Seeing Owls

Author: Coni

Rating: PG

Disclaimer: Everything belongs to me!

Summary: A ten-year-old girl relates her story about her best friend and her experience with life.

A/N: A short story I wrote for 2004's Scholastic Art and Writing Contest. Hope you like! Please r/r! J

Part 1

Grown-ups never see what kids see.

Like whenever I draw something, my mom never knows what it is. I always have to explain to her, and even after I do, she still doesn't get it.

I draw owls. Even though I just turned ten, I know I draw good owls. Grown-ups always just glance at them and say, "Oh, that's a cute egg." They don't care, or want to care, that it's an owl. But I like it, and they'll always be special, because my best friend Debbie taught me how to draw them.

When we first moved here to this small town a long time ago when I was seven, my mom and I moved in across the street from Debbie Goldenstein. We were driving there in our car, and I looked out and saw an owl. I couldn't see it very clearly, it was just a small bit of brown, but I was sure it was an owl, maybe even a great-horned one, like we learned at school.

I told Mom, and she said, "Owls only come out at night, Cassie, sweetie."

And I pondered that for the rest of the ride to our new house. I guess I couldn't really blame my mom for not seeing these things; grown-ups never do. They always think they know everything, they always assume everything. And Mom saw hardly anything after Dad left us about three years ago. She just moved us around, complaining about how bad each place was.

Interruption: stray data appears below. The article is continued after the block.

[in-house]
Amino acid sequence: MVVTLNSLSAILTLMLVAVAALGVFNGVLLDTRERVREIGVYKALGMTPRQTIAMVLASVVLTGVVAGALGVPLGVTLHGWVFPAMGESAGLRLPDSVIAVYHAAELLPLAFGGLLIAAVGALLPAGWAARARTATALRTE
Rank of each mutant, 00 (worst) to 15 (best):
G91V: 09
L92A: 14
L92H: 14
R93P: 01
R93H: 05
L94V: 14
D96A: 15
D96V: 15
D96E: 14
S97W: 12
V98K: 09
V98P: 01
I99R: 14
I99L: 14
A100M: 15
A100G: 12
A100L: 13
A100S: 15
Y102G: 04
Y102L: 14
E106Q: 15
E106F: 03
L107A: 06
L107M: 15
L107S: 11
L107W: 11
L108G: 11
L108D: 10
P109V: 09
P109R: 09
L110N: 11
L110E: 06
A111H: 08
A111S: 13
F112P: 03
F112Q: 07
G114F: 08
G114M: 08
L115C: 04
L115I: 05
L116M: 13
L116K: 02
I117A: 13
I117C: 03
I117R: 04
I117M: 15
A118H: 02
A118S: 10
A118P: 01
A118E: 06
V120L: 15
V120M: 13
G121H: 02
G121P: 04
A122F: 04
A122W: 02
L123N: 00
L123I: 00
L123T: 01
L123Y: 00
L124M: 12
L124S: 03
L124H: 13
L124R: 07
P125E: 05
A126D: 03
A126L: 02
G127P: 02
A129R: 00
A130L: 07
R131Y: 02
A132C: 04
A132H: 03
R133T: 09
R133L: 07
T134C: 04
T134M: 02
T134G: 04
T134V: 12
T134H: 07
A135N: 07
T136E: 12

So I met her the first day we moved here. I saw her while Mom was getting our new house ready. I was sitting on our porch swing, and dangling my legs, when she called.

"Hey," she said. "Are you going to live here?"

I regarded her with slight distaste. She was in a grubby t-shirt and a flowered jean skirt, with mud prints all over. I couldn't tell if her hair was naturally dirty blond or just really dirty. It was held in two lopsided pigtails, and tied with mismatched hair bands.

"Yeah," I said, starting the swing with a creak.

She took a step forward. "I'm Debbie," she told me. "Debbie Goldenstien."

I didn't say anything, just kept swinging and creaking until she said, "What's your name?"

I looked at her again. She stared back. "Cassie Williams," I said quietly.

A grin suddenly lit up her face. "Ok," she said happily. "Glad to be friends with you, Cassie Williams."

And that's how I became Debbie Goldenstein's friend.